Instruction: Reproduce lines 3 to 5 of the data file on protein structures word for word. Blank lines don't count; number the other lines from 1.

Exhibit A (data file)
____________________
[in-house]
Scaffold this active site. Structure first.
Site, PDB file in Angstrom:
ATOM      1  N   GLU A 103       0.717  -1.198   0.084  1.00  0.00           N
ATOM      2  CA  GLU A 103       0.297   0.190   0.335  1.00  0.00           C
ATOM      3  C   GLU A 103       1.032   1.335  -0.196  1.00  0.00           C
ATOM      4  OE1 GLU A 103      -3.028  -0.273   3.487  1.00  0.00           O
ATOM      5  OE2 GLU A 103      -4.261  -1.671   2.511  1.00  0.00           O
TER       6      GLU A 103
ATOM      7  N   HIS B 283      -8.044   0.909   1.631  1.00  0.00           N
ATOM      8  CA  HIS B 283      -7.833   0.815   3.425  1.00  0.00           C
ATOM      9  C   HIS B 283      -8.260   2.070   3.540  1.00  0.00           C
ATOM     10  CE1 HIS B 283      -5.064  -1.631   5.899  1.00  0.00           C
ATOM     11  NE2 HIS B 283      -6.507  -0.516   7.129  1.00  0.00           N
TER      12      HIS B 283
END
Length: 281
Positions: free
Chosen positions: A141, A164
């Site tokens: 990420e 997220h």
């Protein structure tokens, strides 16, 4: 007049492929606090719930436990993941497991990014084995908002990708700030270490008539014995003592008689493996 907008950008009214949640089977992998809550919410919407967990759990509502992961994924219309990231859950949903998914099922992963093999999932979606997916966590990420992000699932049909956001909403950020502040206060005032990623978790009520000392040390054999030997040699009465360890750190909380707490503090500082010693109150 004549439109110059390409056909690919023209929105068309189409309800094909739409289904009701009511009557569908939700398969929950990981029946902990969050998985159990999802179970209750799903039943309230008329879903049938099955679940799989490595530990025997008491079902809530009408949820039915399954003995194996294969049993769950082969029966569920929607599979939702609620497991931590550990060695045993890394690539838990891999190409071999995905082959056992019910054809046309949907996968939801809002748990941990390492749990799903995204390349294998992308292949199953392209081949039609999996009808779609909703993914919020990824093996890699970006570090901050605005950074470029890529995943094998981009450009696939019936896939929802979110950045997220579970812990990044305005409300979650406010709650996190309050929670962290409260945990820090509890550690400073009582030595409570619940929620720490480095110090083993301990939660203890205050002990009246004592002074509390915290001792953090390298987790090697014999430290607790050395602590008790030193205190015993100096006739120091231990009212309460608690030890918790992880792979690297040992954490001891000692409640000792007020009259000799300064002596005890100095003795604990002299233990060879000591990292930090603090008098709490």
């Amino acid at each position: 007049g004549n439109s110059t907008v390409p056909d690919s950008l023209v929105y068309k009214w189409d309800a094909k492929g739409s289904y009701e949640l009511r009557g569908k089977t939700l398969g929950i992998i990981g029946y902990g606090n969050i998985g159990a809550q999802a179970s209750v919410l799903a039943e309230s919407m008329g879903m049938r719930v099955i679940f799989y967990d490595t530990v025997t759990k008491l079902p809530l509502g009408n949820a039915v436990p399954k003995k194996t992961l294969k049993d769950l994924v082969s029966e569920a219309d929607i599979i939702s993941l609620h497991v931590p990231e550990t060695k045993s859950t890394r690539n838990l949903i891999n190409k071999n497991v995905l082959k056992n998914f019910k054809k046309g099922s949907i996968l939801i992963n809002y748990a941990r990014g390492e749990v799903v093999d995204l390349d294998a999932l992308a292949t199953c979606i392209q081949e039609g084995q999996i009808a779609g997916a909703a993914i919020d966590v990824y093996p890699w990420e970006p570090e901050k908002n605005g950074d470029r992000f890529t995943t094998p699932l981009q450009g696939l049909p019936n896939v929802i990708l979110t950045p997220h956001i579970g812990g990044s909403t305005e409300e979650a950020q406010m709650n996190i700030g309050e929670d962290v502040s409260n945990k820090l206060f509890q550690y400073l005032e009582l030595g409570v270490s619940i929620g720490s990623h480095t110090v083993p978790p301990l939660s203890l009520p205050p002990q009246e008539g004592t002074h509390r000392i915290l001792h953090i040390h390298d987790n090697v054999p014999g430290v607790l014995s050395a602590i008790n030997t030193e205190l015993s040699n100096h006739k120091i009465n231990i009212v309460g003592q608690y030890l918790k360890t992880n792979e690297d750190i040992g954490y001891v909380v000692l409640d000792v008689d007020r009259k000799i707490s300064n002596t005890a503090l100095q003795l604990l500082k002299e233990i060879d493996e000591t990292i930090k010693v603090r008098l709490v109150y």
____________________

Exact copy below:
Site, PDB file in Angstrom:
ATOM      1  N   GLU A 103       0.717  -1.198   0.084  1.00  0.00           N
ATOM      2  CA  GLU A 103       0.297   0.190   0.335  1.00  0.00           C